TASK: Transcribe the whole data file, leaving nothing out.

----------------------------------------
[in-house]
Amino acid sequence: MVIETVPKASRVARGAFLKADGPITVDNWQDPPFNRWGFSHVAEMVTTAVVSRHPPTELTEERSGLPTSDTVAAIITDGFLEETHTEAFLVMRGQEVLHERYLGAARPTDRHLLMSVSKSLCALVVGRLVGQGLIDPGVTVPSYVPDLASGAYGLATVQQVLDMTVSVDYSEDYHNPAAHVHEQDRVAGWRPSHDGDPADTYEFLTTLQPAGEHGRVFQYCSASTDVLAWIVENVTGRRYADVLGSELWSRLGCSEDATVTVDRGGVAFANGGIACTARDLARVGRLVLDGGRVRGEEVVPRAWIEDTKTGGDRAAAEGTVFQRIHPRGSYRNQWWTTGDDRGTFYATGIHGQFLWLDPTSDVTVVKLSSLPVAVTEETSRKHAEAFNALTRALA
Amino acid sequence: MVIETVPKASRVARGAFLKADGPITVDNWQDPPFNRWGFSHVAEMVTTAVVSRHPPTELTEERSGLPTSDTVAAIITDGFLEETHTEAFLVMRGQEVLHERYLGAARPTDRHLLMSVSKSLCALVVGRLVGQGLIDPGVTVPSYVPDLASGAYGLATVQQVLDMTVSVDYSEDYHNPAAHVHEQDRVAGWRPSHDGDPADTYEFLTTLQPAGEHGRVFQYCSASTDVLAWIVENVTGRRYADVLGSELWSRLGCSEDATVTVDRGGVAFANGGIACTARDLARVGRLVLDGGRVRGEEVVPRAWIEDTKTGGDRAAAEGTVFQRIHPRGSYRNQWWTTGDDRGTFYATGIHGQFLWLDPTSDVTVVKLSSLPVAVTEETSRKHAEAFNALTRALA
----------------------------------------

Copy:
[in-house]
Amino acid sequence: MVIETVPKASRVARGAFLKADGPITVDNWQDPPFNRWGFSHVAEMVTTAVVSRHPPTELTEERSGLPTSDTVAAIITDGFLEETHTEAFLVMRGQEVLHERYLGAARPTDRHLLMSVSKSLCALVVGRLVGQGLIDPGVTVPSYVPDLASGAYGLATVQQVLDMTVSVDYSEDYHNPAAHVHEQDRVAGWRPSHDGDPADTYEFLTTLQPAGEHGRVFQYCSASTDVLAWIVENVTGRRYADVLGSELWSRLGCSEDATVTVDRGGVAFANGGIACTARDLARVGRLVLDGGRVRGEEVVPRAWIEDTKTGGDRAAAEGTVFQRIHPRGSYRNQWWTTGDDRGTFYATGIHGQFLWLDPTSDVTVVKLSSLPVAVTEETSRKHAEAFNALTRALA
Amino acid sequence: MVIETVPKASRVARGAFLKADGPITVDNWQDPPFNRWGFSHVAEMVTTAVVSRHPPTELTEERSGLPTSDTVAAIITDGFLEETHTEAFLVMRGQEVLHERYLGAARPTDRHLLMSVSKSLCALVVGRLVGQGLIDPGVTVPSYVPDLASGAYGLATVQQVLDMTVSVDYSEDYHNPAAHVHEQDRVAGWRPSHDGDPADTYEFLTTLQPAGEHGRVFQYCSASTDVLAWIVENVTGRRYADVLGSELWSRLGCSEDATVTVDRGGVAFANGGIACTARDLARVGRLVLDGGRVRGEEVVPRAWIEDTKTGGDRAAAEGTVFQRIHPRGSYRNQWWTTGDDRGTFYATGIHGQFLWLDPTSDVTVVKLSSLPVAVTEETSRKHAEAFNALTRALA